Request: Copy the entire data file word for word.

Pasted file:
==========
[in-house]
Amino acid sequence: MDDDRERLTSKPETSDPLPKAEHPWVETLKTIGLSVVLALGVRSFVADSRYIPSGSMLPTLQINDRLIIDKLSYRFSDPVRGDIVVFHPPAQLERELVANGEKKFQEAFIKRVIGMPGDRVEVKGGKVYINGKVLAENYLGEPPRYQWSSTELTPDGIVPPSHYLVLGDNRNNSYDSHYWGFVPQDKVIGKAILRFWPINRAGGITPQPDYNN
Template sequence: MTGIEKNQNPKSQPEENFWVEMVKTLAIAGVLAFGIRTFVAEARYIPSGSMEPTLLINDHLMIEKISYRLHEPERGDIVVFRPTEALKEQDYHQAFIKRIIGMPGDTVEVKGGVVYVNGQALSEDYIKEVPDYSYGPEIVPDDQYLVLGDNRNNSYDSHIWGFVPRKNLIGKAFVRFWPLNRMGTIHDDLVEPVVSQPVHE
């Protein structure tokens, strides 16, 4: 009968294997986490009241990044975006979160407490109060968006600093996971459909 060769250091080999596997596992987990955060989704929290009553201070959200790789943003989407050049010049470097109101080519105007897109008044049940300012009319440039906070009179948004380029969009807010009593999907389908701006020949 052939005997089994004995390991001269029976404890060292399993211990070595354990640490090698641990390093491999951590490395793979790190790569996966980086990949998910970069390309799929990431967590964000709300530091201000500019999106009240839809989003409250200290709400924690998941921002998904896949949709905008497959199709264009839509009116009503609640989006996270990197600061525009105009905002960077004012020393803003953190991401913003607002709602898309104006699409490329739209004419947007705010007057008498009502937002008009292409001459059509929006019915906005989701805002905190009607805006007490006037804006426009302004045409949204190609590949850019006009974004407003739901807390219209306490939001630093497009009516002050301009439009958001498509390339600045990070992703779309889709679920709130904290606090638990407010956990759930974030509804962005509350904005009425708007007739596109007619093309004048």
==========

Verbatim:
[in-house]
Amino acid sequence: MDDDRERLTSKPETSDPLPKAEHPWVETLKTIGLSVVLALGVRSFVADSRYIPSGSMLPTLQINDRLIIDKLSYRFSDPVRGDIVVFHPPAQLERELVANGEKKFQEAFIKRVIGMPGDRVEVKGGKVYINGKVLAENYLGEPPRYQWSSTELTPDGIVPPSHYLVLGDNRNNSYDSHYWGFVPQDKVIGKAILRFWPINRAGGITPQPDYNN
Template sequence: MTGIEKNQNPKSQPEENFWVEMVKTLAIAGVLAFGIRTFVAEARYIPSGSMEPTLLINDHLMIEKISYRLHEPERGDIVVFRPTEALKEQDYHQAFIKRIIGMPGDTVEVKGGVVYVNGQALSEDYIKEVPDYSYGPEIVPDDQYLVLGDNRNNSYDSHIWGFVPRKNLIGKAFVRFWPLNRMGTIHDDLVEPVVSQPVHE
């Protein structure tokens, strides 16, 4: 009968294997986490009241990044975006979160407490109060968006600093996971459909 060769250091080999596997596992987990955060989704929290009553201070959200790789943003989407050049010049470097109101080519105007897109008044049940300012009319440039906070009179948004380029969009807010009593999907389908701006020949 052939005997089994004995390991001269029976404890060292399993211990070595354990640490090698641990390093491999951590490395793979790190790569996966980086990949998910970069390309799929990431967590964000709300530091201000500019999106009240839809989003409250200290709400924690998941921002998904896949949709905008497959199709264009839509009116009503609640989006996270990197600061525009105009905002960077004012020393803003953190991401913003607002709602898309104006699409490329739209004419947007705010007057008498009502937002008009292409001459059509929006019915906005989701805002905190009607805006007490006037804006426009302004045409949204190609590949850019006009974004407003739901807390219209306490939001630093497009009516002050301009439009958001498509390339600045990070992703779309889709679920709130904290606090638990407010956990759930974030509804962005509350904005009425708007007739596109007619093309004048």